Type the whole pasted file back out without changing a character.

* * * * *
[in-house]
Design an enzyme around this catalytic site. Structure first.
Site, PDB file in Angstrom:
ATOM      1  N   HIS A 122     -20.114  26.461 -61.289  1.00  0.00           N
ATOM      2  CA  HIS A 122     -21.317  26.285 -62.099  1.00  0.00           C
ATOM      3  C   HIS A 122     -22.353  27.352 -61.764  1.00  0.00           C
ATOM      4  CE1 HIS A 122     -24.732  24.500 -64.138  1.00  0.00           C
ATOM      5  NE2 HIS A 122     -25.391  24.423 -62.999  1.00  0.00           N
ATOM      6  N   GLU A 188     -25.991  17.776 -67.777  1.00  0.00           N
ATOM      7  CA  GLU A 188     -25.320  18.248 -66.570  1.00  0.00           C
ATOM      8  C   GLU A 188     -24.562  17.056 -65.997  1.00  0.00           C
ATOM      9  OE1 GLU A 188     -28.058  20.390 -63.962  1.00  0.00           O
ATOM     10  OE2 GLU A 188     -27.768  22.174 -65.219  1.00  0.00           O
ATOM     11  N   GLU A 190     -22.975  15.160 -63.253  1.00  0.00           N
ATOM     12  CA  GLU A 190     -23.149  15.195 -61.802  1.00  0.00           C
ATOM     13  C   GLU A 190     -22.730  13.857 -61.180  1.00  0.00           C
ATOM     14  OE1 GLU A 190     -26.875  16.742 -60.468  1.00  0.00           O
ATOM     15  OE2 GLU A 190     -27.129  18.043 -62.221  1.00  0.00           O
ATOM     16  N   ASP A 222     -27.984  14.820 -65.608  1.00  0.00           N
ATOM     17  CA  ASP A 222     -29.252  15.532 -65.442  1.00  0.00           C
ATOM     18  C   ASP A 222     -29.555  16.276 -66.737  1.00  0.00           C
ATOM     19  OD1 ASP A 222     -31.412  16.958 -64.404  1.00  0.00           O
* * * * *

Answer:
[in-house]
Design an enzyme around this catalytic site. Structure first.
Site, PDB file in Angstrom:
ATOM      1  N   HIS A 122     -20.114  26.461 -61.289  1.00  0.00           N
ATOM      2  CA  HIS A 122     -21.317  26.285 -62.099  1.00  0.00           C
ATOM      3  C   HIS A 122     -22.353  27.352 -61.764  1.00  0.00           C
ATOM      4  CE1 HIS A 122     -24.732  24.500 -64.138  1.00  0.00           C
ATOM      5  NE2 HIS A 122     -25.391  24.423 -62.999  1.00  0.00           N
ATOM      6  N   GLU A 188     -25.991  17.776 -67.777  1.00  0.00           N
ATOM      7  CA  GLU A 188     -25.320  18.248 -66.570  1.00  0.00           C
ATOM      8  C   GLU A 188     -24.562  17.056 -65.997  1.00  0.00           C
ATOM      9  OE1 GLU A 188     -28.058  20.390 -63.962  1.00  0.00           O
ATOM     10  OE2 GLU A 188     -27.768  22.174 -65.219  1.00  0.00           O
ATOM     11  N   GLU A 190     -22.975  15.160 -63.253  1.00  0.00           N
ATOM     12  CA  GLU A 190     -23.149  15.195 -61.802  1.00  0.00           C
ATOM     13  C   GLU A 190     -22.730  13.857 -61.180  1.00  0.00           C
ATOM     14  OE1 GLU A 190     -26.875  16.742 -60.468  1.00  0.00           O
ATOM     15  OE2 GLU A 190     -27.129  18.043 -62.221  1.00  0.00           O
ATOM     16  N   ASP A 222     -27.984  14.820 -65.608  1.00  0.00           N
ATOM     17  CA  ASP A 222     -29.252  15.532 -65.442  1.00  0.00           C
ATOM     18  C   ASP A 222     -29.555  16.276 -66.737  1.00  0.00           C
ATOM     19  OD1 ASP A 222     -31.412  16.958 -64.404  1.00  0.00           O